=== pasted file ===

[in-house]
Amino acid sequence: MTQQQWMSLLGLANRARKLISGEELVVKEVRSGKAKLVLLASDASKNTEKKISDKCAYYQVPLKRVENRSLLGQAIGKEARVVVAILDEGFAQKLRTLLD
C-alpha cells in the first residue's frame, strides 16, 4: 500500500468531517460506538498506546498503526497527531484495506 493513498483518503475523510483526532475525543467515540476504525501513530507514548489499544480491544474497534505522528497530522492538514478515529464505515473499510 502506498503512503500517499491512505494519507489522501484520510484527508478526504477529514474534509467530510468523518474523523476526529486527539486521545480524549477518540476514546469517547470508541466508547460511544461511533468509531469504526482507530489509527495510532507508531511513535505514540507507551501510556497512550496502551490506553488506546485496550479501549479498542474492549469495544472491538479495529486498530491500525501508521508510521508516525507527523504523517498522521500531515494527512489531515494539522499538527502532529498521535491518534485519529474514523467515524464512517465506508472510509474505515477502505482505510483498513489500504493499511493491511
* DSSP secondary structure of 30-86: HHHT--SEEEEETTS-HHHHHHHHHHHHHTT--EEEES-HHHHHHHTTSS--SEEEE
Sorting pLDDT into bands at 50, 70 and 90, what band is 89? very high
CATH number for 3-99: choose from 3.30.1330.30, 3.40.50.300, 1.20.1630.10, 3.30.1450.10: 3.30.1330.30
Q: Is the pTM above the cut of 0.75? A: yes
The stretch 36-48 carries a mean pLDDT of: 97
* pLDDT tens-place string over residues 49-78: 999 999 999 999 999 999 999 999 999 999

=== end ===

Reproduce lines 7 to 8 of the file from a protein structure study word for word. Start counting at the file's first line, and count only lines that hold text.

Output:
Q: Is the pTM above the cut of 0.75? A: yes
The stretch 36-48 carries a mean pLDDT of: 97